Software solutions combined

Related tags Manufacturing

Two IT solutions providers have formed a partnership to offer food
and drink manufacturers a combined management system. The move,
which is designed to improve plant operation efficiencies even
further, is a good example of the move towards greater integration
in the sector, writes Anthony Fletcher.

The innovation came about because both firms believed that customers wanted an enterprise-wide solution without the hassle of bringing two vendors together. Both hope that the collaboration will deliver an integrated solution with the reassurance that the partners involved have a vested interest in co-operation.

"Increasingly food manufacturers are looking to deploy systems that give them competitive advantage in innovation and a faster route to market for new products,"​ said Bill Donoghue, Ramesys' managing director.

"They want to integrate the resultant data directly into their ERP solution to improve efficiencies. Both Ramesys​ and SSI see the collaboration between the two companies that currently lead in their respective disciplines, as the best way of responding. Naturally, we hope that this initiative will enable both companies to gain further market share as a result."

Ramesys' system Creations is a fully integrated product innovation and development management system that covers all aspects of product development from idea and concept generation through to post launch analysis and product lifecycle management. The company claims that approximately 40 per cent of all critical development paths are consumed in duplication of activities with administration accounting for up to a further 60 per cent. By minimising both of these areas, Creations has been gauged to reduce project resource requirement by up to 40 per cent.

SSI is the developer of the class-leading Tropos ERP solution, which includes supply chain, production and distribution management for food, beverage and other process industries. Tropos is designed to support the specialised manufacturing environment of the food industry, where timescales are short, quality control and traceability is paramount and customers - usually the major retailers - are very demanding.

The complete integration of both processes means that data need only be entered once, significantly reducing duplication and administration from the critical path and ensuring a shorter development timescale and earlier return on investment thereby accelerating market growth.

"Both Ramesys and SSI have arguably the best credentials to address the needs we have identified in the food processing sector, where product development follows through to manufacturing and ongoing supply,"​ said Neville Merritt, SSI's sales and marketing director. "Now Ramesys and SSI are working together, customers can have confidence in a fully integrated end to end system, supplied by the acknowledged market leaders in their respective specialist sectors.

"Tropos users in food processing often use paper-based or desktop systems to manage NPD projects as this is a specialised area that has different requirements to the manufacturing process. Now they can have one system sharing common data to have complete continuity from the initial idea through to the finished pack on its way to the customer."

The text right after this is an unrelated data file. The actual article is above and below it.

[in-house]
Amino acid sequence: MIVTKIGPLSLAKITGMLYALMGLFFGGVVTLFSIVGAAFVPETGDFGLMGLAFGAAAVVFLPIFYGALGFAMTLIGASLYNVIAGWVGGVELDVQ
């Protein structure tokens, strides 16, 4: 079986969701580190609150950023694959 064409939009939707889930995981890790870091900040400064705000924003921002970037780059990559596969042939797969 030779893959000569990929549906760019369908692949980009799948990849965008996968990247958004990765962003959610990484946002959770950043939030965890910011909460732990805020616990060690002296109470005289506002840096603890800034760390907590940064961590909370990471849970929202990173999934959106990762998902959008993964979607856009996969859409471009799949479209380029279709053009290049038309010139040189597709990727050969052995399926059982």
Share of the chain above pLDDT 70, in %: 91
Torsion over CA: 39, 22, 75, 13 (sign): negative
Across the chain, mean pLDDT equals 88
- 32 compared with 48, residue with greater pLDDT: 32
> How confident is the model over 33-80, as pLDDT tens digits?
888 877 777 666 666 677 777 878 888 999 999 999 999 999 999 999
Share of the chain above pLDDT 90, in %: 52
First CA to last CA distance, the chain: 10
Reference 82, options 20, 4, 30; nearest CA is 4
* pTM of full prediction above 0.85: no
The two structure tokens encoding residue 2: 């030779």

This partnership is a good example of the move towards greater integration in the food and drink sector. Manufacturers, retailers and service providers are becoming aware that they will have to collaborate more in the future if they wish to remain competitive. Stringent legislation, consumer concerns about food safety and growing pressure from retailers have forced food manufacturers to look at every possible means of ensuring traceability and efficiency throughout the supply chain.

Matthew Holland, manufacturing execution systems (MES) product manager for Siemens UK, told​ that it is in everyone's long-term interest to work together and invest in IT systems that can trace products from start to finish. The cost of compensation or a product recall means that the cost of installing MES is less of a factor than it ever was.

"If you can put a system in place that will enable you to act react better to demands, make your manufacturing process more agile and make you better suited to retailers and consumers, then you will. A good example is Coca-Cola - a few years back the company was forced to issue a recall after wood preserve seeped into a vending machine. This cost them over $100 million, because the system was in place then that could trace the product back quick enough."

But Holland believes that the technological capability to achieve complete systemic integration is now in place. This is down to technological development, but also because of changes to the market place.

"There has been huge amount of investment in the last few years on the technical side of things,"​ said Holland. "Siemens for example has made a number of acquisitions, which has helped the company to react quickly. We have bought specialists that mean we can integrate a whole solution."

This, it would seem, is the purpose of the new Ramesys / SSi product partnership.

Related topics Food Safety & Quality

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